I scouted out a place in the back, avoiding a clot of cool kids, having high school flashbacks of eating lunch alone and having my books dumped in the hall. Last thing I needed was to have my chi splayed across a yoga studio floor and a bunch of healthy strangers om at me with derision. Then something strange happened. One of the yoga cool kids, a ridiculously good looking guy, set his mat beside mine, introduced himself and started some kind of pre-yoga stretching ritual. Right beside me. A new yoga guy, a non-cool yoga newbie. No joke here, it was pretty cool.
The class started, the instructor, a very nice, well spoken woman, cautioned us to take our time, know our limits and just have fun. I tried. I did. I honestly tried. But, I was very self conscious, very aware of the people around me who were able to move and bend and twist with no effort at all while I grunted and grimace away. I imagined yoga police coming in and dragging me off to India to be mocked by a guy who has had his right arm stuck straight in the air for 75 years. Or, I expected at some point the teacher would stop, point at me as an example of how not to do it. Not just the yoga pose but, all of life, the whole thing. That didn’t happen and I trembled my way to the end of the class.
If you’re looking for a story of magical joy and revelation that will be the next hit Broadway musical, I’m sorry to disappoint. I was in pain. I discovered muscles I didn’t know I had. Muscles which now have restraining orders out on me. But, as I lay there in a child’s pool sized puddle of my own sweat, in corpse pose, thinking they should really call this panting like a St. Bernard after a mile run in Death Valley, pose, I felt ...ok. Inhumanly good looking yoga cool guy reached out a hand and helped me off the floor, gave me a hug and said good class. People smiled at me, there was a serenity in the room and, it was real. Even my deep cynic had to admit, the smiles, the vibe, the serenity, it was all real and happening in spontaneous response to the class that we just experienced together. Yes, I said it, together, as a community.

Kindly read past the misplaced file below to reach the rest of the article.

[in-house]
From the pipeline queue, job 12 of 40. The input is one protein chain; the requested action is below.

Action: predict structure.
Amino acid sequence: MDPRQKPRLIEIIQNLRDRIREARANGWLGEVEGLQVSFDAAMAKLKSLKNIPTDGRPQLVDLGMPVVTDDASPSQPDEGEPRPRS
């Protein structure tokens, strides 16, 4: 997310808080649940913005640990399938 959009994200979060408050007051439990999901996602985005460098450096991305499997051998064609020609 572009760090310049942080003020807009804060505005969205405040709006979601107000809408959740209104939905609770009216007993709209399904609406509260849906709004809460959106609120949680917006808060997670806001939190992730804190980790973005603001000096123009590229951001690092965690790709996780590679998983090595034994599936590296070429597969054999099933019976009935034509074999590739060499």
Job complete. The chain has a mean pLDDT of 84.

I took a yoga class. I’m not going to be one of those people who takes a class and thens says, well, you know, I do yoga, it’s really changed my life. But, I will admit that I am thinking about taking another yoga class. All my ideas about yoga and what a yoga class is like have been heartily dispelled. I don’t know if it’s just that way at SLPY but, I felt welcomed and encouraged. No one dumped my chi, no one smirked at my lack of ability and no one patted me on the head like a dog and said: “You did so good, yes you did, you should be proud.” I left the class feeling physically drained but emotionally replenished, and trust me, even writing that sentence makes me want to find a lawyer and divorce myself but, it is the best way to describe it, emotionally replenished. I see now why people like this so much. I see what it can do for the inner and outer being. I mean, if you ever see me packed into a pair of yoga pants I freely encourage you to drive a ten penny nail directly into my medulla oblongata but, my old Brandeis sweatpants, my Red Sox T-shirt and my spherical being just might be back on a mat in a yoga studio some time soon.
So, I took a yoga class.